Designers can contribute not only to the accommodation, but also to the integration of migrants.
The refugee crisis is causing considerable tension and unrest. The question being asked in this UN conference concerns the way in which the refugees who are admitted can integrate into our society. It is a question that those working in design and construction must also consider. For me, an effective way to stimulate integration, is to consider the provision of reception facilities for asylum seekers in a broader context that includes other people in society who often struggle in the housing market; people such as students, first-time buyers, the elderly, and those living on their own. By looking in this way for broader social added value, we can build a more inclusive society. I firmly believe that the targeted use of design capabilities and resources can play a key role in this regard.
As chief government architect, I am therefore mobilizing design capabilities in the Netherlands for the purpose of achieving the greater inclusion referred to. Since the total number of refugees who will have to be assisted and accommodated remains unknown, those working in design and construction are facing a unique challenge in that design work must be performed against a backdrop of uncertainty. This challenge will take a great deal of creativity to overcome.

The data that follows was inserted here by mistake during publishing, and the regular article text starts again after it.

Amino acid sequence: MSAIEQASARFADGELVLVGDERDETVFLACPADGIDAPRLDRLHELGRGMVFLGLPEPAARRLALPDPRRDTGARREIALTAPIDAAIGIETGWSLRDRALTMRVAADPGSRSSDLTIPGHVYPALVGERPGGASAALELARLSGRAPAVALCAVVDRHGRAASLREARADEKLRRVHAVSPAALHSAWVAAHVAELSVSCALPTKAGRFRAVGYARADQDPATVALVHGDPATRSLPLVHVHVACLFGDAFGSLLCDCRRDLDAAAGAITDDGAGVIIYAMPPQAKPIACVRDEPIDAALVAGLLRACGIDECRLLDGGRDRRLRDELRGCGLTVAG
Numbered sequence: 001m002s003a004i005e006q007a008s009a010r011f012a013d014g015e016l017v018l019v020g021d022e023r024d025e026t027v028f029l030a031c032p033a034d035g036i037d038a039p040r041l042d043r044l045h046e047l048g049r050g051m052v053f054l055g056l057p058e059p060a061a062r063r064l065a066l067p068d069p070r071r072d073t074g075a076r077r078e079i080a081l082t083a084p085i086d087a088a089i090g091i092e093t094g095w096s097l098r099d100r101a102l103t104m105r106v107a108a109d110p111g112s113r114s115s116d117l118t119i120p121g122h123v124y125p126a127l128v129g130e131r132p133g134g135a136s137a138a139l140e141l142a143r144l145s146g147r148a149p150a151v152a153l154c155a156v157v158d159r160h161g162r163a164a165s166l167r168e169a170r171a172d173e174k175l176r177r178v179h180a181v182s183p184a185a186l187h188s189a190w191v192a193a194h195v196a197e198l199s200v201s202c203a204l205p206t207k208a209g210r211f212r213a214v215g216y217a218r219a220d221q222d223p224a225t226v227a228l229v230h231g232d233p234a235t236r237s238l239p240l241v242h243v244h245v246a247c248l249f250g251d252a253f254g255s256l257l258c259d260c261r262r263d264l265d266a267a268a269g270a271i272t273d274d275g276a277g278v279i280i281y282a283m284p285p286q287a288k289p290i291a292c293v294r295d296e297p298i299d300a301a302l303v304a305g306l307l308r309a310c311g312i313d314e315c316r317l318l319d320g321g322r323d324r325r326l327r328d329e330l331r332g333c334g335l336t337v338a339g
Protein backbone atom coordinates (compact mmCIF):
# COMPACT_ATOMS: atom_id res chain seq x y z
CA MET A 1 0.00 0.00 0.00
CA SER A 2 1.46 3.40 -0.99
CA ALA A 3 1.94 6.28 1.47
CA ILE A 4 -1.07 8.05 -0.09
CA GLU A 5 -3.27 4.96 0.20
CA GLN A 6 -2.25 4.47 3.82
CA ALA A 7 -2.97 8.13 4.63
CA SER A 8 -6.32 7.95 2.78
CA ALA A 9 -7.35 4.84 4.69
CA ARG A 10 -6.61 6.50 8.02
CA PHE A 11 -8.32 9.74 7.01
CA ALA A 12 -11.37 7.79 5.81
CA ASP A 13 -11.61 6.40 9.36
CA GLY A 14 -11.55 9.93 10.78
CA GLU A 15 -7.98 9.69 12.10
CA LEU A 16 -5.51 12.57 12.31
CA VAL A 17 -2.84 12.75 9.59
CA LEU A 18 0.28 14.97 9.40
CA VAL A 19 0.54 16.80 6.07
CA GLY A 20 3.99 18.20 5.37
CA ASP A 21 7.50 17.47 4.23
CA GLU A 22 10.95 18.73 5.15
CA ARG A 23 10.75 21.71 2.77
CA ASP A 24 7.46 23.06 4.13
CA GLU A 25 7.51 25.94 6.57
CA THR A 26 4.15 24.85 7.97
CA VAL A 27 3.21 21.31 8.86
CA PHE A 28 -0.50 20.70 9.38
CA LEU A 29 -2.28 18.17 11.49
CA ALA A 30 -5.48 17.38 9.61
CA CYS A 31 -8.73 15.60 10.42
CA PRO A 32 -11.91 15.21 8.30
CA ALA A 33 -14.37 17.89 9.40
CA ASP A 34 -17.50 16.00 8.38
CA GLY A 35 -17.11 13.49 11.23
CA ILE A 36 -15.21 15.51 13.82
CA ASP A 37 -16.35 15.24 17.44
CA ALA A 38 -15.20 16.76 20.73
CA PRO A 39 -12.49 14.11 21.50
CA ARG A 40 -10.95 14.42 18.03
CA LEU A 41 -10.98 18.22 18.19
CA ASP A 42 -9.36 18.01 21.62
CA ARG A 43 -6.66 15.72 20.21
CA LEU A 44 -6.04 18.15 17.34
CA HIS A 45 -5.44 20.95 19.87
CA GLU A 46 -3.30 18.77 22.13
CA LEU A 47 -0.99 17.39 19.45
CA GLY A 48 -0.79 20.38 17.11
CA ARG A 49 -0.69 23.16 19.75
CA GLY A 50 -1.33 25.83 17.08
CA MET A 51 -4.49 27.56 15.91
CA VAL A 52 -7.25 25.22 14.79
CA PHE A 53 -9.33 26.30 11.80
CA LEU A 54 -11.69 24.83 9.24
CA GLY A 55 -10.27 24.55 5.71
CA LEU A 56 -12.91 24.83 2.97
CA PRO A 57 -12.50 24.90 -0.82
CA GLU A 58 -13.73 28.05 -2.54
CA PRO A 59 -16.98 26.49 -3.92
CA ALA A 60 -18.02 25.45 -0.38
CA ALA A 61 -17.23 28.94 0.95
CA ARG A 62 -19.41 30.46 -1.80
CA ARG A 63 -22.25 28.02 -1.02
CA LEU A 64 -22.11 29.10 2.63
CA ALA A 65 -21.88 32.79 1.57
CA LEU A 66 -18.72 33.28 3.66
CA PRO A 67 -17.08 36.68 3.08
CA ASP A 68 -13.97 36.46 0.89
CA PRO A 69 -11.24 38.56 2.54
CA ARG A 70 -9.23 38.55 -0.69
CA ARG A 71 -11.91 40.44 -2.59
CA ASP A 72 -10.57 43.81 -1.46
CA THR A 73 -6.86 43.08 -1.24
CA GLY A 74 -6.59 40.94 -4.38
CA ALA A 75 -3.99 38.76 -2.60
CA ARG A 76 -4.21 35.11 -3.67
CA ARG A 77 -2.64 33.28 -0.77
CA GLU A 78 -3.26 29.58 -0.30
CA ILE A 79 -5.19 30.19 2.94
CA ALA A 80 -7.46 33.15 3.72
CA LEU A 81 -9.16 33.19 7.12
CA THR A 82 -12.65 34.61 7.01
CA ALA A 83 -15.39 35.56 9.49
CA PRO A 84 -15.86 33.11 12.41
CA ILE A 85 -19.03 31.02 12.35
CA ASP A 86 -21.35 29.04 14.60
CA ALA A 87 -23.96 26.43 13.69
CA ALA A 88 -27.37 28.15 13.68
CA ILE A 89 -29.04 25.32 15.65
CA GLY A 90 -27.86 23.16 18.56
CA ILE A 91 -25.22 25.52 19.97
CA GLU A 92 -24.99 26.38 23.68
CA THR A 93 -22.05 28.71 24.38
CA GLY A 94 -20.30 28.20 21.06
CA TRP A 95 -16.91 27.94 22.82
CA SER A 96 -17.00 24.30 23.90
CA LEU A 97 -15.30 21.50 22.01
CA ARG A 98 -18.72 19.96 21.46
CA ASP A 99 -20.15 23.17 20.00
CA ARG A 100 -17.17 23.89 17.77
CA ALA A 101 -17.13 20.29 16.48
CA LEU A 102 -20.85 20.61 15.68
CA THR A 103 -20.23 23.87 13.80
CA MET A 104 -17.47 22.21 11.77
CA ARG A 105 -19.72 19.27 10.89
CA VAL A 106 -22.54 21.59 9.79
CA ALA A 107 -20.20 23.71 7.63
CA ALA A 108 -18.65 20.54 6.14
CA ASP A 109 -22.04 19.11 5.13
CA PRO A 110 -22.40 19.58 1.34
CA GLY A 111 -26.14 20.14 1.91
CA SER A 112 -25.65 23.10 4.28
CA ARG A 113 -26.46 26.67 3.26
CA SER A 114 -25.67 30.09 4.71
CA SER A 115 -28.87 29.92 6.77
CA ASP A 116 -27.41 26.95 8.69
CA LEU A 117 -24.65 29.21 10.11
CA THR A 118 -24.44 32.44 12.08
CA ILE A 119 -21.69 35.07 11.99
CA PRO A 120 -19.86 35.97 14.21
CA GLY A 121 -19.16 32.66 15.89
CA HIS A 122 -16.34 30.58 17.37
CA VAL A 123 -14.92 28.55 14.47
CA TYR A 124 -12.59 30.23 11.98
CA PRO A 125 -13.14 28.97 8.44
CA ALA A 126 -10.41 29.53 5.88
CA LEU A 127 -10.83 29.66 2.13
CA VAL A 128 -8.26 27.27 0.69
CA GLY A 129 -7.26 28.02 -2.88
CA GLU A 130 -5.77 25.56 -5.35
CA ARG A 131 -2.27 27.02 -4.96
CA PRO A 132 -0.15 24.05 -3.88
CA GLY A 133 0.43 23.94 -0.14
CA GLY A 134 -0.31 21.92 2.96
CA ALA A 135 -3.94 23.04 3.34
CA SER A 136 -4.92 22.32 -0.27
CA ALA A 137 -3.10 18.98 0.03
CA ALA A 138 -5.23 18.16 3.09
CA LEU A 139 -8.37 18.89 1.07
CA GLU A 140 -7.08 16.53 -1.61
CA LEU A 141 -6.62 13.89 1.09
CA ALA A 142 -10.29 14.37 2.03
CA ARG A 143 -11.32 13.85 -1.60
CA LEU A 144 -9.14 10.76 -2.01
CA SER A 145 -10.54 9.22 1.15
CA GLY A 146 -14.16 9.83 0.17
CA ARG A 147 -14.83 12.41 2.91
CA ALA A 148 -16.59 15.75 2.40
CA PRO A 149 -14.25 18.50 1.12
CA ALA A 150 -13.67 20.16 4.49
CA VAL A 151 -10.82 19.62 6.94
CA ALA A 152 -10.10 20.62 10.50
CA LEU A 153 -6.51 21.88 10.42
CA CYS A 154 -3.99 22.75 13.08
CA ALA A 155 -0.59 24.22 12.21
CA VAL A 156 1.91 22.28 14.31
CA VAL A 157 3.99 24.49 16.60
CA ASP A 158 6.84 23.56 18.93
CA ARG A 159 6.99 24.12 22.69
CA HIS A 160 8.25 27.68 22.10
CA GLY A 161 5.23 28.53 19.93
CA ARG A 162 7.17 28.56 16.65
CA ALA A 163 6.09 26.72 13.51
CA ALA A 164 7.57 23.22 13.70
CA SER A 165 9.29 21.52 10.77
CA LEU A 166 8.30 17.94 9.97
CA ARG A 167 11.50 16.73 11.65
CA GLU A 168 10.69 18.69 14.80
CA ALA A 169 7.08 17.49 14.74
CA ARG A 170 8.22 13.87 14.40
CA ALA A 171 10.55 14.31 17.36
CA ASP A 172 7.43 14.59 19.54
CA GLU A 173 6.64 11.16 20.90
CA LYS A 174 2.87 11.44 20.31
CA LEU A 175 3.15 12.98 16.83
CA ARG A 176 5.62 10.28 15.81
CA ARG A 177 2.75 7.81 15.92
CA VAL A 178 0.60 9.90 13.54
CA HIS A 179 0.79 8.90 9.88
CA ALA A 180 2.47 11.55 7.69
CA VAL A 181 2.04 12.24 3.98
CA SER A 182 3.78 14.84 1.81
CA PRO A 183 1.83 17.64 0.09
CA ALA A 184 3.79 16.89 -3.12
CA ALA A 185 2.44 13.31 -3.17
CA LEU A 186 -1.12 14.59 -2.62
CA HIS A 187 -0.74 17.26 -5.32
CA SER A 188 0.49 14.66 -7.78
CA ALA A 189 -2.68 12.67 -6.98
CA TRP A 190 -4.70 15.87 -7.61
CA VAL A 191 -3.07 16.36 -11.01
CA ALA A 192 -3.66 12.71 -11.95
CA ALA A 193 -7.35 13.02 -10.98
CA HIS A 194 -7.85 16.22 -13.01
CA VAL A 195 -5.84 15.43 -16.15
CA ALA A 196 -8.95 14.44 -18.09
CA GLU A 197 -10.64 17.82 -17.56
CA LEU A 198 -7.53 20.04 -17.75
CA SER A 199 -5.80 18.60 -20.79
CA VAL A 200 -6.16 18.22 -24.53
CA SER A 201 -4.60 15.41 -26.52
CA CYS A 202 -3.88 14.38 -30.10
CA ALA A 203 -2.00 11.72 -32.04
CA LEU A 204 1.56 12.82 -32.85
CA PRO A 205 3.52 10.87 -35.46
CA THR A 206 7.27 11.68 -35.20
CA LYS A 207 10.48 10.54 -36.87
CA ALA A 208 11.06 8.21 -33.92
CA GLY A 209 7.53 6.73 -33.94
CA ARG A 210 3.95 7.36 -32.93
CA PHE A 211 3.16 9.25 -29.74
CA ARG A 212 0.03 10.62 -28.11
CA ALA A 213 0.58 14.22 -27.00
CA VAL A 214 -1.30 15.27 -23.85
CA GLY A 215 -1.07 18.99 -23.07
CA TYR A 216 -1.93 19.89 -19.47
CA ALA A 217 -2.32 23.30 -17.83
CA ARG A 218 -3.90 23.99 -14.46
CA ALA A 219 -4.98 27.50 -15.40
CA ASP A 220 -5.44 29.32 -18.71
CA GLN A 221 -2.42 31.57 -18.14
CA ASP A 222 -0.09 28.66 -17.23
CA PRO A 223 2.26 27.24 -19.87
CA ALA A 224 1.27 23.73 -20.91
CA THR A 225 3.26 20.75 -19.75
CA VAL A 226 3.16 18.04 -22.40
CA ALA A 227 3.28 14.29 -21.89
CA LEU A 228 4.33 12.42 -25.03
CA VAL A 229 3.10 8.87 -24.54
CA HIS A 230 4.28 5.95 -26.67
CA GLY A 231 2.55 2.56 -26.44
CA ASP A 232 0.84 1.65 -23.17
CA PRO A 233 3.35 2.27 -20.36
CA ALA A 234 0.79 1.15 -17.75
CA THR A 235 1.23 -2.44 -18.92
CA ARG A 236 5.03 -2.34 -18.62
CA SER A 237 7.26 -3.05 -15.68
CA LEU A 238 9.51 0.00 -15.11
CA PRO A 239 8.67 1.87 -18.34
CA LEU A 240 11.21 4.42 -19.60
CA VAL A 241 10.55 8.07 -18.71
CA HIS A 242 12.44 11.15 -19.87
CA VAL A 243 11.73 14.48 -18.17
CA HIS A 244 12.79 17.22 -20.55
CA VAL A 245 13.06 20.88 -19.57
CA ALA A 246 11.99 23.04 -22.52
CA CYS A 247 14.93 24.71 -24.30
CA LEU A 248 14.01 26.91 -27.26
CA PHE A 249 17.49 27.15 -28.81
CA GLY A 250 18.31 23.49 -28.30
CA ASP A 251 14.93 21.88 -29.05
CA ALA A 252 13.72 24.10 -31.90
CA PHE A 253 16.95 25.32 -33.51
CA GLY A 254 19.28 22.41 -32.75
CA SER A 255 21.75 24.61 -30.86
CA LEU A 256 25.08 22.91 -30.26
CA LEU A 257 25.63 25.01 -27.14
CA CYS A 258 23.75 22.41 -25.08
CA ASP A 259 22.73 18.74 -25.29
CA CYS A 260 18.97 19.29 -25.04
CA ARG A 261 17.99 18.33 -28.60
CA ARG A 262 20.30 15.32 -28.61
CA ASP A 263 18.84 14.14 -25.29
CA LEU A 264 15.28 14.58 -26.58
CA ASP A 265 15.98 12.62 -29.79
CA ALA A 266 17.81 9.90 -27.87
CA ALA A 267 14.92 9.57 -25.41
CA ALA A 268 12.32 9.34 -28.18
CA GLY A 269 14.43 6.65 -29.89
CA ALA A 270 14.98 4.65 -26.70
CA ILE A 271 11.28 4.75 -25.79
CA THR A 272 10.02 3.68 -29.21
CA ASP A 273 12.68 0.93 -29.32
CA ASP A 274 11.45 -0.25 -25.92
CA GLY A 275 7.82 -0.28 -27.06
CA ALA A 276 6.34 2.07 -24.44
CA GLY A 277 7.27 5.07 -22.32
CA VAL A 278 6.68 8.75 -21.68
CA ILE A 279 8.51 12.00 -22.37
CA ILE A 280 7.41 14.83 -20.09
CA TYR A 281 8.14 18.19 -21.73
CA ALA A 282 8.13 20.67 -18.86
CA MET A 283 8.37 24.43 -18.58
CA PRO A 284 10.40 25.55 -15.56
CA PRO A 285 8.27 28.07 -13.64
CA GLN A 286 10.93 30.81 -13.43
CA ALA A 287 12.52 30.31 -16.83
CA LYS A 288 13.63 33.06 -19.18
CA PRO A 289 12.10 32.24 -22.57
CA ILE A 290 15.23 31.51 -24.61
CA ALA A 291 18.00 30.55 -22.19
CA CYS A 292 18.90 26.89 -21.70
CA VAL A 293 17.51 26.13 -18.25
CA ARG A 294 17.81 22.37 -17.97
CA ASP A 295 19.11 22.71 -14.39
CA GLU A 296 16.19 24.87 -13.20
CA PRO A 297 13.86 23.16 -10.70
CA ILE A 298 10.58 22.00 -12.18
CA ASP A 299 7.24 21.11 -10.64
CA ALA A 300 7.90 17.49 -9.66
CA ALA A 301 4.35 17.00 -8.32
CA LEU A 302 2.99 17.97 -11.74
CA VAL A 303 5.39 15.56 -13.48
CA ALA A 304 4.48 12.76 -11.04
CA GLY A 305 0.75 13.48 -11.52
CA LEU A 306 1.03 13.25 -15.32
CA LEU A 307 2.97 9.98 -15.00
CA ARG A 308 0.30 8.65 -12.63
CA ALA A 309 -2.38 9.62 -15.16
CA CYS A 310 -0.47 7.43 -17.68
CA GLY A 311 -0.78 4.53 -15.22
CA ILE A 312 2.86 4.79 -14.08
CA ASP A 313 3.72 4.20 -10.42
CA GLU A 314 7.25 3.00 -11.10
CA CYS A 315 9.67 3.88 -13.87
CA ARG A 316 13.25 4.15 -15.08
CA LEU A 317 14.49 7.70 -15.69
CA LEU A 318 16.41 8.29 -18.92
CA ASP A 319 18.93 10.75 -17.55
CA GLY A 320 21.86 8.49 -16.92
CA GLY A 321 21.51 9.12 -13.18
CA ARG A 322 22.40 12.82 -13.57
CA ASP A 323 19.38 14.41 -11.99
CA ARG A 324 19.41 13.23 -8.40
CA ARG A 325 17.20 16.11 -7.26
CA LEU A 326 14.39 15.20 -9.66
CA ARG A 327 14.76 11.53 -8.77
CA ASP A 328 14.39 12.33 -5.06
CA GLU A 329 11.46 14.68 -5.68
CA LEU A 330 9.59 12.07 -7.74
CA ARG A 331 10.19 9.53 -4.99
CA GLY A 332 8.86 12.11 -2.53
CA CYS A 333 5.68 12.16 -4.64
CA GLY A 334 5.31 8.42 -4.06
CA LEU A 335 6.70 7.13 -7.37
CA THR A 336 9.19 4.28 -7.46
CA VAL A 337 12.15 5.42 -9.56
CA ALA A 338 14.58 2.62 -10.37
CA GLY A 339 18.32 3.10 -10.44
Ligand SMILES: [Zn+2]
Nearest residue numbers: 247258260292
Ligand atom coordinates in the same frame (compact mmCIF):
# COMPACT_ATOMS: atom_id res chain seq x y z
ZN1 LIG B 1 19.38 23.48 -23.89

In 2015, 1.25 million applications for asylum were submitted in the EU.1 The Netherlands is exactly at the European average of 2.5 per 1,000 inhabitants.
There is uncertainty among people living in the immediate vicinity of planned asylum seekers’ centers. They are wondering how many asylum seekers will arrive, who will be arriving, and how to handle a situation in which the actual number of arrivals far exceeds the expected number of arrivals. While discussions on the matter are therefore never easy, at the present time in the Netherlands, more volunteers than can be meaningfully engaged are offering to help.
It is mainly the uncertainty about the quantity of new asylum seekers who have been admitted which are now seeking a home that is creating tension, because the market of affordable homes is tight and people have often been on a waiting list for years.
To an important extent, the refugee crisis is therefore also a housing issue. The question in this regard is how do we add a large number of affordable homes that can be used flexibly to the regular housing stock for the benefit of refugees who have been granted temporary or permanent resident status in the Netherlands?
It is not a straightforward matter. While demand can increase tremendously, it can also simply come to a halt.
It would therefore be logical to broaden the context and view the issue of demand in terms of the general need for affordable, flexible housing.